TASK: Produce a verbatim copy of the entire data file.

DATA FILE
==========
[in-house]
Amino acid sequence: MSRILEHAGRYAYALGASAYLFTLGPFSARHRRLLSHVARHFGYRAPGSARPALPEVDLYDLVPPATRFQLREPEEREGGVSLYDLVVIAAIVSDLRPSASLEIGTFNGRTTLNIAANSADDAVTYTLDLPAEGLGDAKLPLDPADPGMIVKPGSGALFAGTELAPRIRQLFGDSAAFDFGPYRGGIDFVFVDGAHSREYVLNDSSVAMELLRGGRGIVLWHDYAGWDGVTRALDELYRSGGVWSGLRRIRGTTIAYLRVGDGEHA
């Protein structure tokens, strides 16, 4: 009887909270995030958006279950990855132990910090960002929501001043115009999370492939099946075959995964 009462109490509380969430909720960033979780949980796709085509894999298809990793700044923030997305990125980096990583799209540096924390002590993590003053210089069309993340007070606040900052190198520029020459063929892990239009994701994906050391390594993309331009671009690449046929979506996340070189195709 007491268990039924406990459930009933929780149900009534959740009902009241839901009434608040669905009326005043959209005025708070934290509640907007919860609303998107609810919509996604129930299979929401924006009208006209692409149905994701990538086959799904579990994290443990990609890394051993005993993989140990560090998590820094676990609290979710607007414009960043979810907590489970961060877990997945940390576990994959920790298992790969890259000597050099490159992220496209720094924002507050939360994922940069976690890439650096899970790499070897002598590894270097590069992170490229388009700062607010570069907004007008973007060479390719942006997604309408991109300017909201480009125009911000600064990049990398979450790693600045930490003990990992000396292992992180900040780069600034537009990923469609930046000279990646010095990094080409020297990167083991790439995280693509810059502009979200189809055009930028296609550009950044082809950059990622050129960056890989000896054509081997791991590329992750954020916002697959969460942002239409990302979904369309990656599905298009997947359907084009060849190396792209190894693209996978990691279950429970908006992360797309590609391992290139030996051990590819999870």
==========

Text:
[in-house]
Amino acid sequence: MSRILEHAGRYAYALGASAYLFTLGPFSARHRRLLSHVARHFGYRAPGSARPALPEVDLYDLVPPATRFQLREPEEREGGVSLYDLVVIAAIVSDLRPSASLEIGTFNGRTTLNIAANSADDAVTYTLDLPAEGLGDAKLPLDPADPGMIVKPGSGALFAGTELAPRIRQLFGDSAAFDFGPYRGGIDFVFVDGAHSREYVLNDSSVAMELLRGGRGIVLWHDYAGWDGVTRALDELYRSGGVWSGLRRIRGTTIAYLRVGDGEHA
């Protein structure tokens, strides 16, 4: 009887909270995030958006279950990855132990910090960002929501001043115009999370492939099946075959995964 009462109490509380969430909720960033979780949980796709085509894999298809990793700044923030997305990125980096990583799209540096924390002590993590003053210089069309993340007070606040900052190198520029020459063929892990239009994701994906050391390594993309331009671009690449046929979506996340070189195709 007491268990039924406990459930009933929780149900009534959740009902009241839901009434608040669905009326005043959209005025708070934290509640907007919860609303998107609810919509996604129930299979929401924006009208006209692409149905994701990538086959799904579990994290443990990609890394051993005993993989140990560090998590820094676990609290979710607007414009960043979810907590489970961060877990997945940390576990994959920790298992790969890259000597050099490159992220496209720094924002507050939360994922940069976690890439650096899970790499070897002598590894270097590069992170490229388009700062607010570069907004007008973007060479390719942006997604309408991109300017909201480009125009911000600064990049990398979450790693600045930490003990990992000396292992992180900040780069600034537009990923469609930046000279990646010095990094080409020297990167083991790439995280693509810059502009979200189809055009930028296609550009950044082809950059990622050129960056890989000896054509081997791991590329992750954020916002697959969460942002239409990302979904369309990656599905298009997947359907084009060849190396792209190894693209996978990691279950429970908006992360797309590609391992290139030996051990590819999870």